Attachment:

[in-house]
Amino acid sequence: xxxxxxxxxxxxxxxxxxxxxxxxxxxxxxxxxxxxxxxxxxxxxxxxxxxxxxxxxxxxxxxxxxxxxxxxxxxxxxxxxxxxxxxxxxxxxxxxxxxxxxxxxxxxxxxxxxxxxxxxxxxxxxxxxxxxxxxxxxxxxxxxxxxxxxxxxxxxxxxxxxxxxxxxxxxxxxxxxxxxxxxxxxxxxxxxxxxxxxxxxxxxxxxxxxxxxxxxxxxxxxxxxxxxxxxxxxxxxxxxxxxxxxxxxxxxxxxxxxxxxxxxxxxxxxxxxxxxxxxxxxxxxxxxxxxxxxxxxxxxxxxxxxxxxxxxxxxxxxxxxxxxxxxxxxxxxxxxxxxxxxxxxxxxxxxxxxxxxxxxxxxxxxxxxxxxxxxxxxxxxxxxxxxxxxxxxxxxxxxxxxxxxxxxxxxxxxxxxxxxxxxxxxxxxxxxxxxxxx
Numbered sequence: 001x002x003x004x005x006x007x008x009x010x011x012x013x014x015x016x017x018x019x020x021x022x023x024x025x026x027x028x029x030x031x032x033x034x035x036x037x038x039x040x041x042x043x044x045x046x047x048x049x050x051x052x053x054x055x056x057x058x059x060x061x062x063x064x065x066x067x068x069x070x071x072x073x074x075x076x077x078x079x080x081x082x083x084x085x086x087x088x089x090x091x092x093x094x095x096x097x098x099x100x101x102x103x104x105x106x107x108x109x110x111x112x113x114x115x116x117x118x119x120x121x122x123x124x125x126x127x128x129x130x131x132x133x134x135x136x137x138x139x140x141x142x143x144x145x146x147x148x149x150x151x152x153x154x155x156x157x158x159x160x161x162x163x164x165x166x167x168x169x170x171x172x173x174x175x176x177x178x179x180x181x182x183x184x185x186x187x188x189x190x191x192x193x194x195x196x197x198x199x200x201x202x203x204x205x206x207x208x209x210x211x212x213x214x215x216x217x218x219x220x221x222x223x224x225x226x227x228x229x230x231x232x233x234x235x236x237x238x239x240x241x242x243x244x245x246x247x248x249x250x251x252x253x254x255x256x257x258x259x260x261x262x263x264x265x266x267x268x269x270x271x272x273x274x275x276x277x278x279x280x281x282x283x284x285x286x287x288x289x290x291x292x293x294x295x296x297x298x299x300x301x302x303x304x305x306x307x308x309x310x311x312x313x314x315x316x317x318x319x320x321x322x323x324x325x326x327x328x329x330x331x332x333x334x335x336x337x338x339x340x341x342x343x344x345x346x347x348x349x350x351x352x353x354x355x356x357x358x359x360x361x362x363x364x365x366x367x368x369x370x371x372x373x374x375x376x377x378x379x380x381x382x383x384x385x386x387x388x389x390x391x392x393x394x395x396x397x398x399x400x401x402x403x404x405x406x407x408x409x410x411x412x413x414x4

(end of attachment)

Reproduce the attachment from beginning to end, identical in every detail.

[in-house]
Amino acid sequence: xxxxxxxxxxxxxxxxxxxxxxxxxxxxxxxxxxxxxxxxxxxxxxxxxxxxxxxxxxxxxxxxxxxxxxxxxxxxxxxxxxxxxxxxxxxxxxxxxxxxxxxxxxxxxxxxxxxxxxxxxxxxxxxxxxxxxxxxxxxxxxxxxxxxxxxxxxxxxxxxxxxxxxxxxxxxxxxxxxxxxxxxxxxxxxxxxxxxxxxxxxxxxxxxxxxxxxxxxxxxxxxxxxxxxxxxxxxxxxxxxxxxxxxxxxxxxxxxxxxxxxxxxxxxxxxxxxxxxxxxxxxxxxxxxxxxxxxxxxxxxxxxxxxxxxxxxxxxxxxxxxxxxxxxxxxxxxxxxxxxxxxxxxxxxxxxxxxxxxxxxxxxxxxxxxxxxxxxxxxxxxxxxxxxxxxxxxxxxxxxxxxxxxxxxxxxxxxxxxxxxxxxxxxxxxxxxxxxxx
Numbered sequence: 001x002x003x004x005x006x007x008x009x010x011x012x013x014x015x016x017x018x019x020x021x022x023x024x025x026x027x028x029x030x031x032x033x034x035x036x037x038x039x040x041x042x043x044x045x046x047x048x049x050x051x052x053x054x055x056x057x058x059x060x061x062x063x064x065x066x067x068x069x070x071x072x073x074x075x076x077x078x079x080x081x082x083x084x085x086x087x088x089x090x091x092x093x094x095x096x097x098x099x100x101x102x103x104x105x106x107x108x109x110x111x112x113x114x115x116x117x118x119x120x121x122x123x124x125x126x127x128x129x130x131x132x133x134x135x136x137x138x139x140x141x142x143x144x145x146x147x148x149x150x151x152x153x154x155x156x157x158x159x160x161x162x163x164x165x166x167x168x169x170x171x172x173x174x175x176x177x178x179x180x181x182x183x184x185x186x187x188x189x190x191x192x193x194x195x196x197x198x199x200x201x202x203x204x205x206x207x208x209x210x211x212x213x214x215x216x217x218x219x220x221x222x223x224x225x226x227x228x229x230x231x232x233x234x235x236x237x238x239x240x241x242x243x244x245x246x247x248x249x250x251x252x253x254x255x256x257x258x259x260x261x262x263x264x265x266x267x268x269x270x271x272x273x274x275x276x277x278x279x280x281x282x283x284x285x286x287x288x289x290x291x292x293x294x295x296x297x298x299x300x301x302x303x304x305x306x307x308x309x310x311x312x313x314x315x316x317x318x319x320x321x322x323x324x325x326x327x328x329x330x331x332x333x334x335x336x337x338x339x340x341x342x343x344x345x346x347x348x349x350x351x352x353x354x355x356x357x358x359x360x361x362x363x364x365x366x367x368x369x370x371x372x373x374x375x376x377x378x379x380x381x382x383x384x385x386x387x388x389x390x391x392x393x394x395x396x397x398x399x400x401x402x403x404x405x406x407x408x409x410x411x412x413x414x4